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Double Rifle 470 Nitro

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  • Double Rifle 470 Nitro

    Iím considering purchasing a double rifle in 470 Nitro, but Iíve never fired one. Has anyone ever had this experience and if so, is the pain worth the idea of hunting with this cannon?

  • #2
    It is a push not a jab so you will be fine

    Having not fired a 470 Nitro yet I have no idea but if you are getting a good deal on a nice double I would consider it. The ones I have fired (375 and a 458) have not been bad and I would certainly fire them again.

    I would guess that it would not be the most comfortable bench gun but would still be lots of fun to shoot and certainly enough gun for anything Alaska can dish out. Unless you are going to scope it (ugghh) after sighting it in I would do most of your shooting standing up.



    • #3
      shooting the .470 Nitro Express

      Hint, do all of your shooting standing up.


      • #4
        Never fired a 470 but have put many rounds through it's equivalent, a 500/465 in a Dumoulin double. They are quite a treat to shoot. If you can get both barrels to regulate into a grapefruit size group at 100 yards you have a shooter.


        • #5
          Double your fun...

          The 470 double is a ***** cat to shoot. The weight up forward and the balance makes a very soft shove, 11-11 1/2# is about right. I've shot a dozen of them and they are loads of fun to shoot. As folks are saying, shoot standing up or standing with sticks. Typically they are regulated at 60 yards so no need to shoot farther. Both barrels should group into 2" at sixty yards. The factory ammo will usually be there. If it's an old rifle it may not regulate with new Federal ammo. Handloads will help that.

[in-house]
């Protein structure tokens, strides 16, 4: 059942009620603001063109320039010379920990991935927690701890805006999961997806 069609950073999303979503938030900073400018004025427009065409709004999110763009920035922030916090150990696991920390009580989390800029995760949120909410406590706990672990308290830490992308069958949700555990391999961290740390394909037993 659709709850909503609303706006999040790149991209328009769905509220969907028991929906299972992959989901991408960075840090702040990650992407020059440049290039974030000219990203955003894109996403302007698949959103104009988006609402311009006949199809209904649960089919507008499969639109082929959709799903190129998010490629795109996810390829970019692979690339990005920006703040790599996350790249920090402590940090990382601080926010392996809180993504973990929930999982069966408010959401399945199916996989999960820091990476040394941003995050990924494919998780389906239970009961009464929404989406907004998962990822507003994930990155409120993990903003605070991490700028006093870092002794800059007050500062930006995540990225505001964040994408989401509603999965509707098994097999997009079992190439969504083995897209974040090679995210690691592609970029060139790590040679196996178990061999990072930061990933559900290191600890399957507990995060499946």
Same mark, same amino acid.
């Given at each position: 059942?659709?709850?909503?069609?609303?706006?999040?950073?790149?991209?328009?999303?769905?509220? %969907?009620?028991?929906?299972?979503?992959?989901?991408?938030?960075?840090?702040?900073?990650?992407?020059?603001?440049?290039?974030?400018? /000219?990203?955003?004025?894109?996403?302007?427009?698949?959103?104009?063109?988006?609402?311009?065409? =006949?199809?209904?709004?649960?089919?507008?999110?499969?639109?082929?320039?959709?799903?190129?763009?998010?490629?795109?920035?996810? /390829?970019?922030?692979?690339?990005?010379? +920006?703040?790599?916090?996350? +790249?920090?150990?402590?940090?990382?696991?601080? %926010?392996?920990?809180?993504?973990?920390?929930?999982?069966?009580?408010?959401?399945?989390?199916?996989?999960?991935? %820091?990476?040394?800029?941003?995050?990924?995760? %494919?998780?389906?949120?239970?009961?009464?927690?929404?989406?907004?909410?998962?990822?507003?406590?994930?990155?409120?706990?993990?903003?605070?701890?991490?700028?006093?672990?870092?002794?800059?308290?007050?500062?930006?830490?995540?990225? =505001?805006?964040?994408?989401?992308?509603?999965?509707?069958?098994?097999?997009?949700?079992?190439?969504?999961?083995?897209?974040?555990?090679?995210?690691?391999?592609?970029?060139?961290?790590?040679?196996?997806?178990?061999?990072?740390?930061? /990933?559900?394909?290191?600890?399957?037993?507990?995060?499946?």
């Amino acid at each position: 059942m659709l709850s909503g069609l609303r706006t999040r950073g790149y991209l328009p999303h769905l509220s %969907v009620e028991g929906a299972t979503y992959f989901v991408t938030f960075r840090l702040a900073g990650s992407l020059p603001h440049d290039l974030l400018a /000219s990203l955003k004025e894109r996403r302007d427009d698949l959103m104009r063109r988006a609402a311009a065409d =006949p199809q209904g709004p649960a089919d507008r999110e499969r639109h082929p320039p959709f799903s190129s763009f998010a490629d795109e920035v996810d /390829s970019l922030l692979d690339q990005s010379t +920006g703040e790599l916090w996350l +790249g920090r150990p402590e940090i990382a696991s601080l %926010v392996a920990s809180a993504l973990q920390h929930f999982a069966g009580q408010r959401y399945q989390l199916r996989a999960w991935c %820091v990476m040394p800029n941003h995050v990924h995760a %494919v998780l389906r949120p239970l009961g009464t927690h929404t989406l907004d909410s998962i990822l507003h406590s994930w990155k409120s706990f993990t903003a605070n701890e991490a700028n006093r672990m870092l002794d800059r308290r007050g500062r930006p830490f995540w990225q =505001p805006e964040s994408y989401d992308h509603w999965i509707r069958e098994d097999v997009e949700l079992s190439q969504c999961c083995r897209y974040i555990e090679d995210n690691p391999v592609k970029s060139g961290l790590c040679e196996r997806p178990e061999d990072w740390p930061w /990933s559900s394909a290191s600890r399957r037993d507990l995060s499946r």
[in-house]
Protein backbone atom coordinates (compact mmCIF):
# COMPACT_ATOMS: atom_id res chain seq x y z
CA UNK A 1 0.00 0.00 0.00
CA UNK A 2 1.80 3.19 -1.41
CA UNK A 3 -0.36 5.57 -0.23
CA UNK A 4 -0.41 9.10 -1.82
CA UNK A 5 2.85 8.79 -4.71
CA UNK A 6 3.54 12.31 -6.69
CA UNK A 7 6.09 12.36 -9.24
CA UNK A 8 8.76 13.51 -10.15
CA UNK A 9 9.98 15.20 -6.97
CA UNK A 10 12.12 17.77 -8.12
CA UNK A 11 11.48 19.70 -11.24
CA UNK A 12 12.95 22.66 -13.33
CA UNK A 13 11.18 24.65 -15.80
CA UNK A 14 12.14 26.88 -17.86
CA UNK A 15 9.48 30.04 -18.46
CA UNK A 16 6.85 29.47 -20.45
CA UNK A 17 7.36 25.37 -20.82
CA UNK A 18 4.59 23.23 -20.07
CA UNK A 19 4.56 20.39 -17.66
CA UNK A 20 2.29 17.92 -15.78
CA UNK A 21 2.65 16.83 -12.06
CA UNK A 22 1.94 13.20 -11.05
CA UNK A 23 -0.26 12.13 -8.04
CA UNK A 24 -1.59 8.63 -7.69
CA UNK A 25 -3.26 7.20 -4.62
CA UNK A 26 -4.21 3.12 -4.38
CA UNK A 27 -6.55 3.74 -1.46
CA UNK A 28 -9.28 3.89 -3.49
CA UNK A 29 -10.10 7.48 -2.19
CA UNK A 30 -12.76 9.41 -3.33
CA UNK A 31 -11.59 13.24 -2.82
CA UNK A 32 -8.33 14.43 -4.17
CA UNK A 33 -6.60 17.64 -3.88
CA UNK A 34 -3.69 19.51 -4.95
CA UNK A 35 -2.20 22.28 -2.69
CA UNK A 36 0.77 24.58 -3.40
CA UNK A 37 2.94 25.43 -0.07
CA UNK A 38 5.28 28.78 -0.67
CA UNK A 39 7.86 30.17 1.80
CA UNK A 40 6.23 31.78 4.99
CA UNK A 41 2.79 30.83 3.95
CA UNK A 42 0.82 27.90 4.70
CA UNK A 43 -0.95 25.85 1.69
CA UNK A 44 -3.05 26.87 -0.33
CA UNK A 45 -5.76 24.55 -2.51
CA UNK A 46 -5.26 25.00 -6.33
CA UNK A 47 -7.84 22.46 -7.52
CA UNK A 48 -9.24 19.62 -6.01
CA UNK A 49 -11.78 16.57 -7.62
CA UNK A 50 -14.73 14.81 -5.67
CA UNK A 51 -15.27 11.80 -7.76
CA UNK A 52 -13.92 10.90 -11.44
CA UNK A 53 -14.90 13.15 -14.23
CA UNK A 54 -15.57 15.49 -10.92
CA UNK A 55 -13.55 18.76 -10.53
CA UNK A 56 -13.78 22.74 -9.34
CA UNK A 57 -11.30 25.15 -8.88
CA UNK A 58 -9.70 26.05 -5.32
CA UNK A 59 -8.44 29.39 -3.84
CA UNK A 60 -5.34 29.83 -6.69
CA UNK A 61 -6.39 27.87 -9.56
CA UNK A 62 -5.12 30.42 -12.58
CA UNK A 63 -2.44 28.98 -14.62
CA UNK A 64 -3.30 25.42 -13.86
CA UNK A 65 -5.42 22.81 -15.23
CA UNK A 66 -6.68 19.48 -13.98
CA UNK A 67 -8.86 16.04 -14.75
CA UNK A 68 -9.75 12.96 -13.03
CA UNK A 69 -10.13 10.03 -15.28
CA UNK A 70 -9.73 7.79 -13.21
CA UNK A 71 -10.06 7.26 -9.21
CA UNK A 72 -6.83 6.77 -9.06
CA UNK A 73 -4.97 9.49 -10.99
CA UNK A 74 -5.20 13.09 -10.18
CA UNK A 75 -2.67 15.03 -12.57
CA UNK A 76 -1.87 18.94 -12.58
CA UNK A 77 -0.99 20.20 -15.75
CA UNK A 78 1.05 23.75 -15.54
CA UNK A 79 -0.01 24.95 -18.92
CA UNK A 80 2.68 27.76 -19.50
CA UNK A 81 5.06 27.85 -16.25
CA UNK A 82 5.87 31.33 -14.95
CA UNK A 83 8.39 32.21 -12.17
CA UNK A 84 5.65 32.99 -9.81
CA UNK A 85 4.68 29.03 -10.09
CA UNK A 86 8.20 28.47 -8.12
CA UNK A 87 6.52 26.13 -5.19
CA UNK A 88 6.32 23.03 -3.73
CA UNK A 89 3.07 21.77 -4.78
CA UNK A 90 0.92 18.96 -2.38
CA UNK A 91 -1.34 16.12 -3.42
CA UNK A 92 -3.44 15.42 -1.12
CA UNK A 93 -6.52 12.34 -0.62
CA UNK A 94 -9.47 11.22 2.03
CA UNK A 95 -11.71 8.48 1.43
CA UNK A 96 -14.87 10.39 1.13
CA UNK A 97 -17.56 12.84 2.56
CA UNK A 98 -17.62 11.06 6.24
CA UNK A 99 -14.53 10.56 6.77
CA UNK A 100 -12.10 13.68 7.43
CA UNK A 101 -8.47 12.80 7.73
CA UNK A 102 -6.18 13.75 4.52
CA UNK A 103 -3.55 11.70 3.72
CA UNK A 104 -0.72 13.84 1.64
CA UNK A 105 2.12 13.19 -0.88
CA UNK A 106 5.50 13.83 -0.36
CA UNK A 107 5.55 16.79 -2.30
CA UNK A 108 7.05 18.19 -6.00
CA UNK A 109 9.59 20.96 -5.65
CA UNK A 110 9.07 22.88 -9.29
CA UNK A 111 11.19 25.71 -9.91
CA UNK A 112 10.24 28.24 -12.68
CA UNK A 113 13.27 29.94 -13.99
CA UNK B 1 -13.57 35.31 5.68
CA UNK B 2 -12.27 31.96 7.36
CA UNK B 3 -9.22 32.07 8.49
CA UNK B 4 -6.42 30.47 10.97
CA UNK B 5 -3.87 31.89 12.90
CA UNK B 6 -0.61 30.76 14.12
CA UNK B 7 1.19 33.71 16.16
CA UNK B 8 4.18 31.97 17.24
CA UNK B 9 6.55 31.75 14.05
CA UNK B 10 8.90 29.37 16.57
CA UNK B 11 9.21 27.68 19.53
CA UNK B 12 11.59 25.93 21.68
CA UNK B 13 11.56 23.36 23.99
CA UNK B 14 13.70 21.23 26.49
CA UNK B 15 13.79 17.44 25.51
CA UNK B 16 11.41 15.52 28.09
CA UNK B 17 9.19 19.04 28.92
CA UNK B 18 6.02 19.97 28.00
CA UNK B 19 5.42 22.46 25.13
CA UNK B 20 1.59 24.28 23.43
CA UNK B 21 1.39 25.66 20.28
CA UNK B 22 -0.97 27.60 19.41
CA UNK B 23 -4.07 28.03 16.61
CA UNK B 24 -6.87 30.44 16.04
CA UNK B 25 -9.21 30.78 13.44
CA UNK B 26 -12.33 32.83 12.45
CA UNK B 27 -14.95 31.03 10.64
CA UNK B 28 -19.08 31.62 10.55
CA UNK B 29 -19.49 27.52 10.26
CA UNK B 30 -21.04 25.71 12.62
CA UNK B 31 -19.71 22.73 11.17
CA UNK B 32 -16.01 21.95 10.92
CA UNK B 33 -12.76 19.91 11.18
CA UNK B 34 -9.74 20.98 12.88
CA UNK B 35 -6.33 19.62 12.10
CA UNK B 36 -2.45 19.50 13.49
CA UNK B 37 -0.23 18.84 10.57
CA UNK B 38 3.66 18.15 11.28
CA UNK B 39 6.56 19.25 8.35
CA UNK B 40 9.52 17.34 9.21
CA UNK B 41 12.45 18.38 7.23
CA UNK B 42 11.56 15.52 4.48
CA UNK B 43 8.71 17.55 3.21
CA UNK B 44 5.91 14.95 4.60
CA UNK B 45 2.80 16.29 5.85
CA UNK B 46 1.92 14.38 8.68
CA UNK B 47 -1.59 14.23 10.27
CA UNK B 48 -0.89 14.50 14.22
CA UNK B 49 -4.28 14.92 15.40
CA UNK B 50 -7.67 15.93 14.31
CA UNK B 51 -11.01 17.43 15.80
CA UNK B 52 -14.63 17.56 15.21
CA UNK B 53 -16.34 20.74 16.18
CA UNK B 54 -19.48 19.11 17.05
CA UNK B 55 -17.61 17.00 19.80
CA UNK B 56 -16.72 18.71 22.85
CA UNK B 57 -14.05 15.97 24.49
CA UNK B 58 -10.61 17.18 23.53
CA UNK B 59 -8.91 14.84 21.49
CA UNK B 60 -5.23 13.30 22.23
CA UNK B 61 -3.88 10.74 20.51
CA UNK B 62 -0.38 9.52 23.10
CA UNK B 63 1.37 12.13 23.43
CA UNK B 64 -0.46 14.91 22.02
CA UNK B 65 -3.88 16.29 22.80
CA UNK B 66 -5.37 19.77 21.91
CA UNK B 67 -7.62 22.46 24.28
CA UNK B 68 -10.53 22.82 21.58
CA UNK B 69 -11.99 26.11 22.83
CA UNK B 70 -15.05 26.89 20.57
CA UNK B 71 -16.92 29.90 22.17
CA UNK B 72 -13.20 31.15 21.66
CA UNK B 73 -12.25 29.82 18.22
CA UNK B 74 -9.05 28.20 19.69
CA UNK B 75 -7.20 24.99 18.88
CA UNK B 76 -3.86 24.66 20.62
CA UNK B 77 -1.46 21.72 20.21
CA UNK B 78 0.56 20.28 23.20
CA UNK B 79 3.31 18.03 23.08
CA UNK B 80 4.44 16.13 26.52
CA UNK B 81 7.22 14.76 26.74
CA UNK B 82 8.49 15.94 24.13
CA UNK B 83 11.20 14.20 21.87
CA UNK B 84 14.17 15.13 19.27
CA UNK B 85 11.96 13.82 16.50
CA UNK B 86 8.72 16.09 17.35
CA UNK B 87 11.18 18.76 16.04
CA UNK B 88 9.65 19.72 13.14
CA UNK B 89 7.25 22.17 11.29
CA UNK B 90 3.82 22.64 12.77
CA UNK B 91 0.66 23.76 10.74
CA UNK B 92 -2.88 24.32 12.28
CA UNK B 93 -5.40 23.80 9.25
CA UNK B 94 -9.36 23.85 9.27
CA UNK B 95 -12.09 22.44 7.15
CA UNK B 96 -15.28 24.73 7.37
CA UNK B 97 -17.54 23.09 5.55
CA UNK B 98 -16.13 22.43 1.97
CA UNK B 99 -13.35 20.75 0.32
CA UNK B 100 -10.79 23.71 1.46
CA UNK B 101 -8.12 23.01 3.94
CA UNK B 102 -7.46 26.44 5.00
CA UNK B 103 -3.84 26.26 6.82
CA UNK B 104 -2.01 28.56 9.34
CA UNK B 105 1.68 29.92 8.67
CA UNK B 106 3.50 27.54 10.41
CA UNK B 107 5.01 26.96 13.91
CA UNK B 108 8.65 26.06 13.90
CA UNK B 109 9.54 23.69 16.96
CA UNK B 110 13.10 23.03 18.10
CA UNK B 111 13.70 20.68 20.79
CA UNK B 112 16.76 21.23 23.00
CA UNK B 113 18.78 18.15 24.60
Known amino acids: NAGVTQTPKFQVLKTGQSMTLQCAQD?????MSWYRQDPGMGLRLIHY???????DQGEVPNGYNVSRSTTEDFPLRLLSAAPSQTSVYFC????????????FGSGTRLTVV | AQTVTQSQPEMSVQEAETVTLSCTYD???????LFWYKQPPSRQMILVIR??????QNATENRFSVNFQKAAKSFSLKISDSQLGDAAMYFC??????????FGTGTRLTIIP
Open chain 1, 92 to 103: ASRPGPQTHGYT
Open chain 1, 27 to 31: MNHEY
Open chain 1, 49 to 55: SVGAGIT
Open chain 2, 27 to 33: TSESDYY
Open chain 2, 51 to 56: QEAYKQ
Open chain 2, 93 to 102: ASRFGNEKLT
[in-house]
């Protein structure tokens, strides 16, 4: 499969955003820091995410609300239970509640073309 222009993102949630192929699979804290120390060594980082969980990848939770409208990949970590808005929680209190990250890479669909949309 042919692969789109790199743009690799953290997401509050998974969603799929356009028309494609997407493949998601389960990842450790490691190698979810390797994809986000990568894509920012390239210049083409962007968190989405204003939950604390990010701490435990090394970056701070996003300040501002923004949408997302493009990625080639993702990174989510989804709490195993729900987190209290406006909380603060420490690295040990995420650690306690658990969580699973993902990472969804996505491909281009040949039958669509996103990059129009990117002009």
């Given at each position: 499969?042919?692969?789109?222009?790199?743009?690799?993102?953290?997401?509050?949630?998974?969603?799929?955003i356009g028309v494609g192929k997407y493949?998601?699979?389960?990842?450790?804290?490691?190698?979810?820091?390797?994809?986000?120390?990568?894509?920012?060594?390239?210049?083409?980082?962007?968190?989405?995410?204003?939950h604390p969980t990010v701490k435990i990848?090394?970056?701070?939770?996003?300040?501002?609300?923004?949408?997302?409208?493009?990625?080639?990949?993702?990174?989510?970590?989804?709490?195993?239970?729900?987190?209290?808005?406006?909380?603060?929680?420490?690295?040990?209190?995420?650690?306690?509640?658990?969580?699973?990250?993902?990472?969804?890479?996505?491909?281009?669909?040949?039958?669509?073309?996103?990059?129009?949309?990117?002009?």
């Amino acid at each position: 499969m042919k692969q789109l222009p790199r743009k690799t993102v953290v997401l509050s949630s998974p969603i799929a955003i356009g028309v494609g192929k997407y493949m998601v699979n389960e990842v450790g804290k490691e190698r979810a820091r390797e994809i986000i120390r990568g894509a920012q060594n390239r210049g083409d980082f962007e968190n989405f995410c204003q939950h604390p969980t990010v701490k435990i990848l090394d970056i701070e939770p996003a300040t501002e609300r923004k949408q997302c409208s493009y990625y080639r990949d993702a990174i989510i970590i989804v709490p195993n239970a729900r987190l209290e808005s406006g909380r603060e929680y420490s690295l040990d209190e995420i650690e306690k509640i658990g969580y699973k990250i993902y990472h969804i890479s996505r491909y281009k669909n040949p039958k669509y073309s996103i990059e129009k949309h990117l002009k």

If this is a new Chapuis, you have found a great one. The best buy in a new double. The old English guns are beautiful but not always good shooters. Check with George Caswell at Champlin arms for more info on them. He is the man in the U.S who knows doubles.

          Allen, your 500/465 is great caliber, I've never shot one of those but seen a couple of the old H&H's around. I hear they shoot very well. Kind of a light target rifle aren't they?

          Is there nothing so sacred on this earth that you aren't willing to kill or die for?


          • #6

            Thanks everyone! Youíve provided me some good input. Now itís time to start doing my research, there are a lot of new manufactures in this arena, and it can be a challenge to get past their advertising hype. I try and get in touch with George Caswell.

            Thanks again,



            • #7

              I took a Chapuis .470 double to Africa in 2004. Rifles in this class are much easier to shoot than you would expect. As with anything, put in a lot of time practicing - not just for marksmanship (if that word applies to shooting doubles) but also for operation issues such as reloading and handling this type of action. Most of us are accustomed to bolt actions or other common action types, and it takes a bit of work to get used to the break open action and tang safety.

              I shot a cape buffalo at about 25 yards. Dropped it in its tracks with the first shot (kind of boring in comparison to the way I expected things to go). I'm not sure what you plan on hunting, but the .470 should handle just about anything.

              I owned the Chapuis Brousse model, and have handled Merkels and a Searcy in .470. All are solid and affordable (relatively speaking). I have owned doubles in other calibers by WW Greener and Westley Richards, and recommend them highly, although they tend to cost a bit more. Also, the vintage rifles (1905 Greener and 1894 & 1898 Westley Richards) were a lot more finicky than the Chapuis. I never did get that Greener to shoot worth a darn...

              Good luck with your search, and let me know if I can help you out.

              Doug DeShazo


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